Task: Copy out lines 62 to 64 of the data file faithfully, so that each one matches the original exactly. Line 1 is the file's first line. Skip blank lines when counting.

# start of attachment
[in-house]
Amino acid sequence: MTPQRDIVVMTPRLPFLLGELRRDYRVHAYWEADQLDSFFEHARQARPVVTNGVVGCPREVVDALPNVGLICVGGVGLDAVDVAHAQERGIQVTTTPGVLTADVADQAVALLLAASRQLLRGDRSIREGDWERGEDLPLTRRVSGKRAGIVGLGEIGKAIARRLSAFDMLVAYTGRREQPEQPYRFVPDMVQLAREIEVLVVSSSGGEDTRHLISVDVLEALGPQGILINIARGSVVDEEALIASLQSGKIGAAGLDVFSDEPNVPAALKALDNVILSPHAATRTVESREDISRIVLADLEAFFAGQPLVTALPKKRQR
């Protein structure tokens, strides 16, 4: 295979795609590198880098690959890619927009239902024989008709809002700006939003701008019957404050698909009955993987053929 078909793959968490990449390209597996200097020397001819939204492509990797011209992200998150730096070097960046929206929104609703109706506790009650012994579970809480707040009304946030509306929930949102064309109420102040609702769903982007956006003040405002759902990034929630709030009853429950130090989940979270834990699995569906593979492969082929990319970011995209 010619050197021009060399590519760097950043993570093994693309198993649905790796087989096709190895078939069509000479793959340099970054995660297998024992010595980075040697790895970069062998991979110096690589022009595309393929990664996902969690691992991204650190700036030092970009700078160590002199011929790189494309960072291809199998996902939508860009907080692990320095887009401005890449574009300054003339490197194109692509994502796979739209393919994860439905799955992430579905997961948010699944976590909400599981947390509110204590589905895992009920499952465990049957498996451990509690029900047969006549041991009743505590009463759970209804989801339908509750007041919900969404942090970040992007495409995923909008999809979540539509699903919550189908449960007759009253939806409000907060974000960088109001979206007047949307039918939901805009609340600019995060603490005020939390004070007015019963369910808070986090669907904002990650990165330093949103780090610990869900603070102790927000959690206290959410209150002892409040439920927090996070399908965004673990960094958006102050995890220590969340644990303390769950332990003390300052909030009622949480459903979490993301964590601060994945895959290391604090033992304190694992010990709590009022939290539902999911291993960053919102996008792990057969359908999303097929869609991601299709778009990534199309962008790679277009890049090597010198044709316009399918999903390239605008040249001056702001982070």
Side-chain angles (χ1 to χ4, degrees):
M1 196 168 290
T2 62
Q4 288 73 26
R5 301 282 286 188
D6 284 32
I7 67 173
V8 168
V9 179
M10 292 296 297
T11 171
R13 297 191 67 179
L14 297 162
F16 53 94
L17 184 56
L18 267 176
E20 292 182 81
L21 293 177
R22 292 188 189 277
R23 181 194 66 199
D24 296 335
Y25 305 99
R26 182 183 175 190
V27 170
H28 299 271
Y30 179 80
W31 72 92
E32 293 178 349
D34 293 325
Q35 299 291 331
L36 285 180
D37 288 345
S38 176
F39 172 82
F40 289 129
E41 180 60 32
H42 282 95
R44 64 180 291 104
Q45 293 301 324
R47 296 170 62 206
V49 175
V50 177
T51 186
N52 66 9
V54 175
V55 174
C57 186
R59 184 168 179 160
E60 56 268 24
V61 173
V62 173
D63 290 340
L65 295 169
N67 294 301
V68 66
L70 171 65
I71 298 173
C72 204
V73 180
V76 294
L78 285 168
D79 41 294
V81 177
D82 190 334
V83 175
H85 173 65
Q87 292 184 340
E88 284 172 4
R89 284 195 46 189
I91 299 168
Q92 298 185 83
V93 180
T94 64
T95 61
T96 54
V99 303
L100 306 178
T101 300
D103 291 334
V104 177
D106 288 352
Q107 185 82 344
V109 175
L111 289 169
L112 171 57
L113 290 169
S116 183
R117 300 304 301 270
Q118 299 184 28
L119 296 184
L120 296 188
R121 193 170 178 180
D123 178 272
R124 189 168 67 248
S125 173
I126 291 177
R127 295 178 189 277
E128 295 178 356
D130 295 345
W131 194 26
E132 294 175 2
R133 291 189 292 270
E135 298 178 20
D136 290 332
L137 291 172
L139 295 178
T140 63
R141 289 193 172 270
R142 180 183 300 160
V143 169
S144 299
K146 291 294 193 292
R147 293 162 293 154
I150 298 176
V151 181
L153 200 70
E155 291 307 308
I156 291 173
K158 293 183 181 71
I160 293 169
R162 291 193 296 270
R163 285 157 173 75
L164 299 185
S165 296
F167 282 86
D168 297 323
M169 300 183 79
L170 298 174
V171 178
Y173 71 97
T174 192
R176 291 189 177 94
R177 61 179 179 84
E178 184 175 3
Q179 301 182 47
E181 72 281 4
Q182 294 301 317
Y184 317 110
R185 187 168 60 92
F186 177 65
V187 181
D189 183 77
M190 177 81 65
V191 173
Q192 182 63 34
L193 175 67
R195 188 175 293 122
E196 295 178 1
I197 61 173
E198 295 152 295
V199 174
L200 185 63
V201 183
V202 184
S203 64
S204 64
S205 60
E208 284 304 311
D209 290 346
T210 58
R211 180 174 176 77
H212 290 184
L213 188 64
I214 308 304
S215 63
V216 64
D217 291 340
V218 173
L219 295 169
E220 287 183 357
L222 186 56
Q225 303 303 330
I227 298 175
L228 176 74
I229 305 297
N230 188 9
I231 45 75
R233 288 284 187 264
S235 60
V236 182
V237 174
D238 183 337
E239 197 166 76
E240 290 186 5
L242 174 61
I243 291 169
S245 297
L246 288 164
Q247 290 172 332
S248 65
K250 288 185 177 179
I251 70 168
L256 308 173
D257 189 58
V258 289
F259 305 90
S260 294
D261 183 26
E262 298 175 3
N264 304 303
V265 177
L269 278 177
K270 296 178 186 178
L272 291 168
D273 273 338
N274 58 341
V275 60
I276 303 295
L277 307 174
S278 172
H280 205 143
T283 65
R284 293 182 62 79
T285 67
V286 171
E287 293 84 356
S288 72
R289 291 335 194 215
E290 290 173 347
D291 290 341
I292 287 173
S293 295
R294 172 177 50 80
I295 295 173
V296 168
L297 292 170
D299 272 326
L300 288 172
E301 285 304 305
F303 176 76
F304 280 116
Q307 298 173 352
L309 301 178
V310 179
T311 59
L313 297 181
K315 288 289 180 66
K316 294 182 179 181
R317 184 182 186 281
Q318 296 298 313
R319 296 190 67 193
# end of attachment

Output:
V73 180
V76 294
L78 285 168